Ian Hollins of Clear Building Management sets out some practical advice on how to stay on the right side of the section 20 legislation AND keep impatient leaseholders happy.
The roof is leaking, the windows need replacing, there’s an issue with the bin store: most major works projects will end up costing each leaseholder more than £250, and so you need to consult before you get cracking with the work and incurring costs.
And if you don’t consult? Leaseholders then are not obliged to pay their contributions – and for most RMCs and RTM companies that leads to an immediate hole in the service charge budget. So far so clear. But the challenge for most directors and their managing agents is how to balance consulting properly whilst managing leaseholder expectations.
It is essential to be able to recover all the costs of maintenance projects, and this means ensuring that every leaseholder understands their obligation to contribute and is willing to do so. The section 20 consultation process is a key part of this, and you need to do more than simply call a meeting and discuss the plans.
There are three steps you need to follow in a section 20 consultation:
- Serve a Notice of Intention, describing the works, explaining why they are necessary, and specifying when and where observations and nominations for contractors should be sent. Leaseholders have 30 days to respond.
- Serve a Notice of Estimates, with two or more cost estimates for the work. Any estimate provided by a nominee must be included. Leaseholders again have 30 days to respond.
- Serve a Notice of Award of Contract. It must be served within 21 days and give the reasons for awarding the contract. (The s20 regulations state that you only need to serve this if the chosen contractor was not the cheapest, however it is good practice to send the notice anyway should you ever face a future challenge.)
Whilst it is a straightforward process, the section 20 consultation takes two to three months to work through as you can see from the response timeframes in the three steps above. So, if it’s your flat with the rotten window frames, or your apartment with water ingress from the leaky roof, you want the work doing as quickly as possible – rather than being slowed down by a lengthy consultation process.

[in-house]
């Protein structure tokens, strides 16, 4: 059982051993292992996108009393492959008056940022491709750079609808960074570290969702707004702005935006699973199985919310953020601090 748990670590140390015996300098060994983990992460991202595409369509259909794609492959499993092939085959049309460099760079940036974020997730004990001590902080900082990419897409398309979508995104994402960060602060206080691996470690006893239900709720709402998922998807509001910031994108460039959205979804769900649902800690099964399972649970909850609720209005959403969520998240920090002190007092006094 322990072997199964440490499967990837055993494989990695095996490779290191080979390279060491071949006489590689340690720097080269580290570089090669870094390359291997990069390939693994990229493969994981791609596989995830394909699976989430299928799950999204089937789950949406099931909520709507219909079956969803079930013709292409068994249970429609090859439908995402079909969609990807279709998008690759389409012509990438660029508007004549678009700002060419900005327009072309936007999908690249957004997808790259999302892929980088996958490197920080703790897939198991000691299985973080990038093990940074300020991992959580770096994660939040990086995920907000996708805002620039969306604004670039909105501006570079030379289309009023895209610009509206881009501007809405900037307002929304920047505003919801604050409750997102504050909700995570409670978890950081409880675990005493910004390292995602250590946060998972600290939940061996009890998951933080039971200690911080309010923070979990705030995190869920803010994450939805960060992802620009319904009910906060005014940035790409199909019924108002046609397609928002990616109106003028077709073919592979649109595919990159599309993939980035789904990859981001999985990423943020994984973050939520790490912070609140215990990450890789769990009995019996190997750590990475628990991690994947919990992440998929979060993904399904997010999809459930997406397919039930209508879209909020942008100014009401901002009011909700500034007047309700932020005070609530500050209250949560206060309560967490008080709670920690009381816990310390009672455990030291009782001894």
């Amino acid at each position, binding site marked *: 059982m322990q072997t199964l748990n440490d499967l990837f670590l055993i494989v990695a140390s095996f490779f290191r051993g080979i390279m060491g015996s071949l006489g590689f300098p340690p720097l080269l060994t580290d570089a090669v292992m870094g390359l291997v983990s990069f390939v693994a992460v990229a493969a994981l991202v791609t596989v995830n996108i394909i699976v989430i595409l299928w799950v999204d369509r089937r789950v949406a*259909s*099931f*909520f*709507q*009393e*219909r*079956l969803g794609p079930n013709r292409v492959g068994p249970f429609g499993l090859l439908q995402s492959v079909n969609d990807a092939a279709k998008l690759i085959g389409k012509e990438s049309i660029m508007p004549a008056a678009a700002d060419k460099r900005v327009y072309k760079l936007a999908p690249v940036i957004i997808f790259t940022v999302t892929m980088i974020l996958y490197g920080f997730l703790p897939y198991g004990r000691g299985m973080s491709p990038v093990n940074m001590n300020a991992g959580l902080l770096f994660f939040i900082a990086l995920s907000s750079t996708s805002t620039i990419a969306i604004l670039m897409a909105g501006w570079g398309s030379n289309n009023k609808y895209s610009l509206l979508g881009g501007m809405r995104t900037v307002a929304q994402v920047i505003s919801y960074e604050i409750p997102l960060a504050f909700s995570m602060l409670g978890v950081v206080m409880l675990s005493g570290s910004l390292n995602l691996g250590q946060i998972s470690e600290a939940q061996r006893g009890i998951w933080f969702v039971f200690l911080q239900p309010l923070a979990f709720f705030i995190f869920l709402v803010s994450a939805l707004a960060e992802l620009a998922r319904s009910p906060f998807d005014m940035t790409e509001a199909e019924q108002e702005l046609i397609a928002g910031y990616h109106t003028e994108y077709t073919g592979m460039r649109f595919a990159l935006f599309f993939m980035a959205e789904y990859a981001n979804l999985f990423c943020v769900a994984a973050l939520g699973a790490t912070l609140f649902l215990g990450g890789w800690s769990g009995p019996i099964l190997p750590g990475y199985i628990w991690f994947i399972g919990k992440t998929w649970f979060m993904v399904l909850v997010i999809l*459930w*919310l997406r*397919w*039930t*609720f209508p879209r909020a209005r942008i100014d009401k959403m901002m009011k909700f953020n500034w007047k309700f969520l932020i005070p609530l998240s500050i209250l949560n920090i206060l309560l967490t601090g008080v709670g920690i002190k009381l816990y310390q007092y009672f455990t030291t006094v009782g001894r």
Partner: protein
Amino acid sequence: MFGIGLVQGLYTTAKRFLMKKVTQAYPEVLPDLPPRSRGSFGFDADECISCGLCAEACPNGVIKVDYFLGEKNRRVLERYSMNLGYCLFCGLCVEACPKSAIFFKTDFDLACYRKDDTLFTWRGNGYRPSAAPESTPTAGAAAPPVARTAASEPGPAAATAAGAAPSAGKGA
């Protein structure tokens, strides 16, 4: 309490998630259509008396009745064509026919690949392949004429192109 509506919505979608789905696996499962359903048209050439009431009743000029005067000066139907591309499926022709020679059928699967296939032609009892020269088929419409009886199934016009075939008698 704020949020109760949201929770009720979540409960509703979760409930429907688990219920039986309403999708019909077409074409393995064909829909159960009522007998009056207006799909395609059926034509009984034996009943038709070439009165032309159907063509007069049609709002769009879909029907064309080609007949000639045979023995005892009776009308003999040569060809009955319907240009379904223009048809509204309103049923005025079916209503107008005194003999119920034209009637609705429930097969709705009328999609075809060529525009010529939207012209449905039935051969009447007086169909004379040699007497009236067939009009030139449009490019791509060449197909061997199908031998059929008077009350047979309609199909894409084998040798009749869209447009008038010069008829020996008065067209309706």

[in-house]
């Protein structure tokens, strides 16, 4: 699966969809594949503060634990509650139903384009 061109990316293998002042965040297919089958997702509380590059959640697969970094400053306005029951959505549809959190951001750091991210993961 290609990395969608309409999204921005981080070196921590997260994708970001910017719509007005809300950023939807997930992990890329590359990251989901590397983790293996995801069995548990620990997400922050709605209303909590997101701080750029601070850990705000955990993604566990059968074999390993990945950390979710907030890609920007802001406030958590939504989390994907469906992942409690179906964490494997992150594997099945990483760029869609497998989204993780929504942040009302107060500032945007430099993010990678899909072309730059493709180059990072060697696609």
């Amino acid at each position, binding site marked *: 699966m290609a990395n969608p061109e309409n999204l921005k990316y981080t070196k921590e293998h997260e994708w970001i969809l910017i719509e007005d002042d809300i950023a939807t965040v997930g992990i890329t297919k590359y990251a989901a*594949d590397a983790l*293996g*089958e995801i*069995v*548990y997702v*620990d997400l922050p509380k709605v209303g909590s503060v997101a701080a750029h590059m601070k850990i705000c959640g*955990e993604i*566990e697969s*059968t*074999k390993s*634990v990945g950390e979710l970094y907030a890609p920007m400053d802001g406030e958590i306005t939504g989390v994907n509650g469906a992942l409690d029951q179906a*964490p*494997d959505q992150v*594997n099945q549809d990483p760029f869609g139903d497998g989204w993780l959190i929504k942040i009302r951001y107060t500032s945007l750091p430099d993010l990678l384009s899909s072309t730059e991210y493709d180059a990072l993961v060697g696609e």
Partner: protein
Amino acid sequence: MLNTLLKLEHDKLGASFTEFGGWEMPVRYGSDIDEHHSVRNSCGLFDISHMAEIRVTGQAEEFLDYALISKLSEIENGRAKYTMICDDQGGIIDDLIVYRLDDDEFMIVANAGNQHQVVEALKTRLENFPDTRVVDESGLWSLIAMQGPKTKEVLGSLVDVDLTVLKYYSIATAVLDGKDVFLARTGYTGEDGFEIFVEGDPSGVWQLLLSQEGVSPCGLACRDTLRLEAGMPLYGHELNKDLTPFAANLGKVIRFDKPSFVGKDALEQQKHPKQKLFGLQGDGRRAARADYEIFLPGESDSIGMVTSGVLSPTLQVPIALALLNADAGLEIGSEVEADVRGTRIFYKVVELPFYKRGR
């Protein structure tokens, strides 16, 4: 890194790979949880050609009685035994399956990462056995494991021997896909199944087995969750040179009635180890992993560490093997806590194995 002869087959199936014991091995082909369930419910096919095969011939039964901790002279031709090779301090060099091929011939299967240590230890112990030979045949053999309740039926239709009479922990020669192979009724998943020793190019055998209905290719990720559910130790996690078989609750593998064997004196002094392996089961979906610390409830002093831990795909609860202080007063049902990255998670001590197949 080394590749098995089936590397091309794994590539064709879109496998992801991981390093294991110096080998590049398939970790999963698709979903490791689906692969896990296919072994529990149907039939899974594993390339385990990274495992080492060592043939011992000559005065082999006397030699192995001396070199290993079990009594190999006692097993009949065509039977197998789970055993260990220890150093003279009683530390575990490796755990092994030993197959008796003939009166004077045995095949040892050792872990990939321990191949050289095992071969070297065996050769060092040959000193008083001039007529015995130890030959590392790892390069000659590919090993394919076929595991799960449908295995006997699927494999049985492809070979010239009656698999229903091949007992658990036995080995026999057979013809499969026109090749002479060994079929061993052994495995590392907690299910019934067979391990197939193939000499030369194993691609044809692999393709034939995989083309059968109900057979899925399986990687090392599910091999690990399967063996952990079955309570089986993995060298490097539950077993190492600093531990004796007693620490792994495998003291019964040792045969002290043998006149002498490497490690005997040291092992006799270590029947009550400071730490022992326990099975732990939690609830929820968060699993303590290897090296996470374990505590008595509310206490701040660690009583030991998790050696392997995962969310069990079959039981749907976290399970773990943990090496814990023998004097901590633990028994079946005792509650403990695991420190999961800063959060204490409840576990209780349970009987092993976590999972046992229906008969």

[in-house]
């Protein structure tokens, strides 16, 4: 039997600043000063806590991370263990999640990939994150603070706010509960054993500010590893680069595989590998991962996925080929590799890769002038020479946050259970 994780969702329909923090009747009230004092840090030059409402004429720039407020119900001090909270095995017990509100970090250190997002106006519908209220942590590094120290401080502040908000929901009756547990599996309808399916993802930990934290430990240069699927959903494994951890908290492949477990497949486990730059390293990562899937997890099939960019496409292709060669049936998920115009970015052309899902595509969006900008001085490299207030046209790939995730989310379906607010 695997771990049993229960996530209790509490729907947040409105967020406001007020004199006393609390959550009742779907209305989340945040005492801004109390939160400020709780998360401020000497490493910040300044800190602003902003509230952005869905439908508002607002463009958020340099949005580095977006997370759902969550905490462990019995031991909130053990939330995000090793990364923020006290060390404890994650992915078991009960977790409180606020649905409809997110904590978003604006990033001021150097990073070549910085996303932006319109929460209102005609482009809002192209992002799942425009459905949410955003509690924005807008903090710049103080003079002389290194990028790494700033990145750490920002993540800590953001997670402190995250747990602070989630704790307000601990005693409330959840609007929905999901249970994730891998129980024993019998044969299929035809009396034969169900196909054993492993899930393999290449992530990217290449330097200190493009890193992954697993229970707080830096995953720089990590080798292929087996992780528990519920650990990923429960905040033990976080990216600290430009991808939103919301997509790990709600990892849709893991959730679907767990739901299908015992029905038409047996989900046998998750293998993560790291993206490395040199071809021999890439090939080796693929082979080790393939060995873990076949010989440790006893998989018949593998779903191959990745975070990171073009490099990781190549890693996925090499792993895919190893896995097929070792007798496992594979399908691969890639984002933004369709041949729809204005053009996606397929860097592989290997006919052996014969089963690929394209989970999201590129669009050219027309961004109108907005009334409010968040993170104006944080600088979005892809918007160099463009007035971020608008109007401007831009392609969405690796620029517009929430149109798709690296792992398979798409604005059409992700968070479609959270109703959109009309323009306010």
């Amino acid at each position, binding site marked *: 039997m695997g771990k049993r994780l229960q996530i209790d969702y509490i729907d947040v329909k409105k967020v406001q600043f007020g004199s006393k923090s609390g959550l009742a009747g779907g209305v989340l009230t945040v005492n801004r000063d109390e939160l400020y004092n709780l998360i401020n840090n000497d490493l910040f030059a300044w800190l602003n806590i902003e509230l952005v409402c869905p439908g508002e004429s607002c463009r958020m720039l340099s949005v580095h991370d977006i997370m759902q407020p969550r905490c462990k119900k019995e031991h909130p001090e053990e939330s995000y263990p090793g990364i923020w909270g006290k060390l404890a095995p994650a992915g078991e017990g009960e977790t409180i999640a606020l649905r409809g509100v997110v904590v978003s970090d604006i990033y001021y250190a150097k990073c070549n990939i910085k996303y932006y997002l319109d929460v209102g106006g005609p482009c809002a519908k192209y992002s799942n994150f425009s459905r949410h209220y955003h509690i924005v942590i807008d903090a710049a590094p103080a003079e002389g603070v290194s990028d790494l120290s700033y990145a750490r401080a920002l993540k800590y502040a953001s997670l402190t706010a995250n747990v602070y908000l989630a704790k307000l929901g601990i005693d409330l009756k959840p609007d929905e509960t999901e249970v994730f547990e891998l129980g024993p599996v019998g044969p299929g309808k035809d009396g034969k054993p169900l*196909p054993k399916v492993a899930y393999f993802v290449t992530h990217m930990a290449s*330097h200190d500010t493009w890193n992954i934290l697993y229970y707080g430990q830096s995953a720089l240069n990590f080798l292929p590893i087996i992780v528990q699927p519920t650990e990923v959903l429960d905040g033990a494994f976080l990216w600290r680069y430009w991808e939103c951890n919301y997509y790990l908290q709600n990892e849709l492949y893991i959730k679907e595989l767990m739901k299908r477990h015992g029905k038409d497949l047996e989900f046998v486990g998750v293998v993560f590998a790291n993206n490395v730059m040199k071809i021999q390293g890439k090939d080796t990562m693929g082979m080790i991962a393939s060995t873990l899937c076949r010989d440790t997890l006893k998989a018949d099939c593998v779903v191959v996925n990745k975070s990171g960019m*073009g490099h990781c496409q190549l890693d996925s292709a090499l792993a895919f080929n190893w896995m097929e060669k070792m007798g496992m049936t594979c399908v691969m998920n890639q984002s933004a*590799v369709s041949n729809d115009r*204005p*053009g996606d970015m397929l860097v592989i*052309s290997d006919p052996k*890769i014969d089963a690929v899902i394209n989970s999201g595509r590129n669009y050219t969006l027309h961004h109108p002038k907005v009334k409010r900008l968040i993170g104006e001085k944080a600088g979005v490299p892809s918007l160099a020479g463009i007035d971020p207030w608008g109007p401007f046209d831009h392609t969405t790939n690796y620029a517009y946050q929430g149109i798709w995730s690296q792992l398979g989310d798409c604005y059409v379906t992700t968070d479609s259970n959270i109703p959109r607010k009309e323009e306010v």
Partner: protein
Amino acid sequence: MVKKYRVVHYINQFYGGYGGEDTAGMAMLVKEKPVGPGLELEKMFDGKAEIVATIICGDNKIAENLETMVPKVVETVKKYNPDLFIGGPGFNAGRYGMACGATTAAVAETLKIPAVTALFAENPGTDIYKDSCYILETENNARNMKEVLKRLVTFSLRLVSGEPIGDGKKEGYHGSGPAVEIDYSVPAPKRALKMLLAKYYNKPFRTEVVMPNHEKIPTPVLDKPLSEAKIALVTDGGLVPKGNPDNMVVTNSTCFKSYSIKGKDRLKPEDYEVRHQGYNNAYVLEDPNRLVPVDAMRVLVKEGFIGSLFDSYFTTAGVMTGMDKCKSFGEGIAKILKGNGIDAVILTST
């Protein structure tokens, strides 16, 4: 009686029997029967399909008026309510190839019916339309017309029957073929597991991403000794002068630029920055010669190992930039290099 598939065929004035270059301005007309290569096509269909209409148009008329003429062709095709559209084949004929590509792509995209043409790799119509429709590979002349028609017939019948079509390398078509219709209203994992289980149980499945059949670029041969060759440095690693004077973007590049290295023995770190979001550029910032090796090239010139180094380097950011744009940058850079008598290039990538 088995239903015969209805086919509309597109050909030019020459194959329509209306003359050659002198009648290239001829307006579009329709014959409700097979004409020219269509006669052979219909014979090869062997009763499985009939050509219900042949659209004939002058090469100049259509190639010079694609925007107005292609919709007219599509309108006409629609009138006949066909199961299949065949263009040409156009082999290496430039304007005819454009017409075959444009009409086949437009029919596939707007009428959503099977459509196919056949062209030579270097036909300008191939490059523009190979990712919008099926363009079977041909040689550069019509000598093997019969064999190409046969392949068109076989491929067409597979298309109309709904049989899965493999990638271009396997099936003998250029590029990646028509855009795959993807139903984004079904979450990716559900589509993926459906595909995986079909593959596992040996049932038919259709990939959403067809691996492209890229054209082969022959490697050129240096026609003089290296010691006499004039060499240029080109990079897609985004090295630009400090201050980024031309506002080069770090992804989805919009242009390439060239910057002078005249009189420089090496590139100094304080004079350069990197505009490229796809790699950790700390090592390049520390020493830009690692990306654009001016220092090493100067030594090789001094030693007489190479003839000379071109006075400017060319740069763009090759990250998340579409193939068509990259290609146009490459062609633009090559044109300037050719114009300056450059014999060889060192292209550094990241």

This means transparent communication is more important than ever – with both leaseholders and tenants. Alongside the section 20 legal notices, make sure you engage in regular dialogue with leaseholders so they not only understand why the expenditure is necessary, but can see that you are proactively working to drive the major works project forward.
In an emergency….
Remember that there are situations where you can apply to the FTT for dispensation from consultation. For example, if there is an emergency situation where it would simply not be possible nor sensible to consult before carrying out the works, you can apply to the FTT after the event for permission to recover the costs from the leaseholders.
For non-emergency work though we would argue at Clear Building Management that these projects should all be mapped out in an effective rolling programme of repair and maintenance works. There really should be very few nasty surprises! Whilst some things can’t be helped, for every unavoidable repair job there are several more that COULD have been avoided with some foresight, proactivity and better planning.
This is especially pertinent in bigger and more complex developments where there are more things that can go wrong. RMCs in these developments need to ensure their managing agent has a clear maintenance and major works strategy and strong project management skills to keep them on track and on budget.
The s20 consultation process is not that onerous but it can’t be ignored – and it is good practice too. The whole point of the consultation is to give leaseholders the chance to have their say on expenditure that affects their development. We also find it is a powerful opportunity to win the hearts and minds of leaseholders who may be reluctant to contribute.
At Clear we aim to use the section 20 consultation process as an opportunity for leaseholder engagement, with regular and open communications. And we always aim to make sure that the works are being carried out before they become an emergency for any individual leaseholder.